Despite his tricky start to the 2003 season, the Spanish rider remains both objective and determined to change his run of bad luck, "The key to the Catalunya circuit is to keep stability and consistency from beginning to end of the race," said Checa about the circuit, which is situated north of Barcelona. "In my experience at Catalunya I have not really been able to do this and keep the pace from beginning to end. If I could do that there, I could probably gain a few seconds. The track doesn't have so much grip level, and as soon as I lose grip with the rear I can't turn the bike on an angle - that's my biggest concern at this circuit.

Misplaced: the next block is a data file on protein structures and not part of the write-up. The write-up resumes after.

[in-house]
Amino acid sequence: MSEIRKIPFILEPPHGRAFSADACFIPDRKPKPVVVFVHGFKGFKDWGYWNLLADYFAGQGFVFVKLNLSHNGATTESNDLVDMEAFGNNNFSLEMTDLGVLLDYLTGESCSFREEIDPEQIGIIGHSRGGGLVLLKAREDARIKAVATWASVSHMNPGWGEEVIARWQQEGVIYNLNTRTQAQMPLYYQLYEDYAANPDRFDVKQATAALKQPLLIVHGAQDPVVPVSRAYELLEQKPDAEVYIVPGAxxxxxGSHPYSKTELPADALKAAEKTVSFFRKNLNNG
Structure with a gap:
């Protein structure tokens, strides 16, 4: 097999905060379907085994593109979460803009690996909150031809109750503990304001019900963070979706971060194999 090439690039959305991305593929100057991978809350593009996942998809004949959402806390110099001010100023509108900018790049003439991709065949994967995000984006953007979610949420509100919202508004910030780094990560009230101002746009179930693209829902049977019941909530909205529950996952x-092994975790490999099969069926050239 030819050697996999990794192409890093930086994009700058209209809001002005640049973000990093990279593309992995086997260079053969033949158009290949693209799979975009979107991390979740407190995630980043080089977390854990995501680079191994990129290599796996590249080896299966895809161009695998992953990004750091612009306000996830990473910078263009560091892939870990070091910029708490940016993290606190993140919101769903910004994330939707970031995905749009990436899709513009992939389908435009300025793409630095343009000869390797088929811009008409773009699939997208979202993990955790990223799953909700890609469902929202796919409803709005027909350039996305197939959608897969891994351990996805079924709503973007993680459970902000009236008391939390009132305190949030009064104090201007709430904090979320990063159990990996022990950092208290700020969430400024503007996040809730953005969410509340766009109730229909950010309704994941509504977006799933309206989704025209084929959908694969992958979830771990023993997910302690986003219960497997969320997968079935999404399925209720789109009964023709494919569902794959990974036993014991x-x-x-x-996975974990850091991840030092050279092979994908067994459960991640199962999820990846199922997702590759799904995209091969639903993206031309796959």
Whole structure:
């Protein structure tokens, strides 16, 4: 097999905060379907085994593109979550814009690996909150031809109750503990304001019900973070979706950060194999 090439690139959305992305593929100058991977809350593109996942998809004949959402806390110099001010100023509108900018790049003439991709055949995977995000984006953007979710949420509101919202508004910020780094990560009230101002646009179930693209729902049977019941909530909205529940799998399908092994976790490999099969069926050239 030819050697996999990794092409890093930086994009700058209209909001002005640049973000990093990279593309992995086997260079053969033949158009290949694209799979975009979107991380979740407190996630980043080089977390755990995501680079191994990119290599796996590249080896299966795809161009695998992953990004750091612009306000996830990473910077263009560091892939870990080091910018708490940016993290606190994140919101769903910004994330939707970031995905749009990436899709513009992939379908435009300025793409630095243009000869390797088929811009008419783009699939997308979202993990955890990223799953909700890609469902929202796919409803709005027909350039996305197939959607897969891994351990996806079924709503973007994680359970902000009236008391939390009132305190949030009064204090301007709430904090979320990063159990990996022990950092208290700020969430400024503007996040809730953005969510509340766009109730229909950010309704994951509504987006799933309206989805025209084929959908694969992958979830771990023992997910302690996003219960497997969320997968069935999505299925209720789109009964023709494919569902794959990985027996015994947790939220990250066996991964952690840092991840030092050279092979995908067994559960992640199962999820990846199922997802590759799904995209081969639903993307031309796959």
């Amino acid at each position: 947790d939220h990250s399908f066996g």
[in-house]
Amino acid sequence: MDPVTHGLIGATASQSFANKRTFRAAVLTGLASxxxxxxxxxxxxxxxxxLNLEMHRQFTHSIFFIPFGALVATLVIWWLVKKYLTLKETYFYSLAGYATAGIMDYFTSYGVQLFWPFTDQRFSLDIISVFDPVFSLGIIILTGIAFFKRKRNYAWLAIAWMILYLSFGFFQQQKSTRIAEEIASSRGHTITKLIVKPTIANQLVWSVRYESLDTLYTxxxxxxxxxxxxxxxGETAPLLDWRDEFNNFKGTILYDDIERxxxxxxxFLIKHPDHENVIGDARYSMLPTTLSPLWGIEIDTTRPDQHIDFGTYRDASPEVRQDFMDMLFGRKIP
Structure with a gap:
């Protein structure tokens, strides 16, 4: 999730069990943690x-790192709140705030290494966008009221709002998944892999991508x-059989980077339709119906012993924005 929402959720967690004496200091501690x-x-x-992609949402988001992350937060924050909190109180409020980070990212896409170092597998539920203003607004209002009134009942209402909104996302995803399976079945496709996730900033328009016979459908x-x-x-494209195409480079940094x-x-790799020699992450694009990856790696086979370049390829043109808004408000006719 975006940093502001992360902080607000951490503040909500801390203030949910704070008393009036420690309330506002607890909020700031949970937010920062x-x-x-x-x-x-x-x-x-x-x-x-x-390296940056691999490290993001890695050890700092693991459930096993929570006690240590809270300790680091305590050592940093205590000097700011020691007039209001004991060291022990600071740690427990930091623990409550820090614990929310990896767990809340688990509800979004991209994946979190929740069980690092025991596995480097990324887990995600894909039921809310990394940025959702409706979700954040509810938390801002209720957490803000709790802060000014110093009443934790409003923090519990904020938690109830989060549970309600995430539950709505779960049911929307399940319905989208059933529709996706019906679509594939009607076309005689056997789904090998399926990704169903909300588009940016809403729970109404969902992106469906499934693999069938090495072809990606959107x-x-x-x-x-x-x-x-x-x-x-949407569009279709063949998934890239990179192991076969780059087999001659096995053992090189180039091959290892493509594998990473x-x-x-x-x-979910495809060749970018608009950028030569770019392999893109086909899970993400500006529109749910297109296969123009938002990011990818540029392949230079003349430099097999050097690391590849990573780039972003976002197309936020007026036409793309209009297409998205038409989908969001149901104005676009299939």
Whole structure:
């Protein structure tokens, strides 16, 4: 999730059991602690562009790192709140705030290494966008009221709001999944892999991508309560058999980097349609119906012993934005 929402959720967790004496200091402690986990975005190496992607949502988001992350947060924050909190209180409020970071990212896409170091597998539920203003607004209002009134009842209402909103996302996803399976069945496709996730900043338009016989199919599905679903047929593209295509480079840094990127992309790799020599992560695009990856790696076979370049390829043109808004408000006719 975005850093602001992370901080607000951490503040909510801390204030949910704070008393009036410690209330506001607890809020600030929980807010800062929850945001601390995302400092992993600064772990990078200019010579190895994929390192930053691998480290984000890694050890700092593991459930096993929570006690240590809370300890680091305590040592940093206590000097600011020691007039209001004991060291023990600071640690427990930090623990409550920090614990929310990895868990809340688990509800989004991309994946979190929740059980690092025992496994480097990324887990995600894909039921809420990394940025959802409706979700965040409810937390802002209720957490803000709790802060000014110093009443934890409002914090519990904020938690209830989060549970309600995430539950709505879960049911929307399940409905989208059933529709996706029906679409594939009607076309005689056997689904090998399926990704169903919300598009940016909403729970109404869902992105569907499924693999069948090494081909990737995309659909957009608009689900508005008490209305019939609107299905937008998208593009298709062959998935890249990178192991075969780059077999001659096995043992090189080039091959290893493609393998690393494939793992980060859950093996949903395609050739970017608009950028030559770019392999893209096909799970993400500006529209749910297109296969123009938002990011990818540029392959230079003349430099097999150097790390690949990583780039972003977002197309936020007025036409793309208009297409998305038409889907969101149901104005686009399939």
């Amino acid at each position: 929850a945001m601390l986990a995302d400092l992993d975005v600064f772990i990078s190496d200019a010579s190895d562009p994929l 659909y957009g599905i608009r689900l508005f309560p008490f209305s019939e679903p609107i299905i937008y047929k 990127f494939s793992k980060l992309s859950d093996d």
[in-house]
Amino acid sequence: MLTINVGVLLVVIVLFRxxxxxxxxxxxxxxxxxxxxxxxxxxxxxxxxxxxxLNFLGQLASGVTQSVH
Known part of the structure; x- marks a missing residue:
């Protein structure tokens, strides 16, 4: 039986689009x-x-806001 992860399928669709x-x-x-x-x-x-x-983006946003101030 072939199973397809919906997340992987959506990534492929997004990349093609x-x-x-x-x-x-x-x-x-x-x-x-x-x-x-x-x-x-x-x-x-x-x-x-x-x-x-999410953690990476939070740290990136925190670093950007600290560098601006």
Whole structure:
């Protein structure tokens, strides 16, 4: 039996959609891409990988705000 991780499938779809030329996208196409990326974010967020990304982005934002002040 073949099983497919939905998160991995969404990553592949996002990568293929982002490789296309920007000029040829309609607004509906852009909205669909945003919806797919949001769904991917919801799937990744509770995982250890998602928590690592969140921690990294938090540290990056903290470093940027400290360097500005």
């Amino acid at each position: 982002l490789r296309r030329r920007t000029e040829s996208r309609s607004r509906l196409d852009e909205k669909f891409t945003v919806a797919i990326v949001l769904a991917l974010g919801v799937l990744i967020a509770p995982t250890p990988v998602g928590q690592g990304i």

"Overall you need to find a good combination there with the bike, of tyres and suspension. I find it difficult to spin the rear with this bike and I never lose traction but it's important not to lose any time at the last two turns at this circuit. If you compare the practice times in Catalunya with the race times, there is always a big difference. The front tyre must be stable for the downhill sections and the suspension must be good to cope with the bumps."
Despite the extra pressure that all riders feel when it comes to performing in front of their home crowds, Checa tries not to let it affect him, "Catalunya is just one more race," he said, "and I must try as hard there as I do at other races. I feel a lot of mixed emotions when I race in Spain but professionally I must look upon it as just another race, and aim to do well everywhere."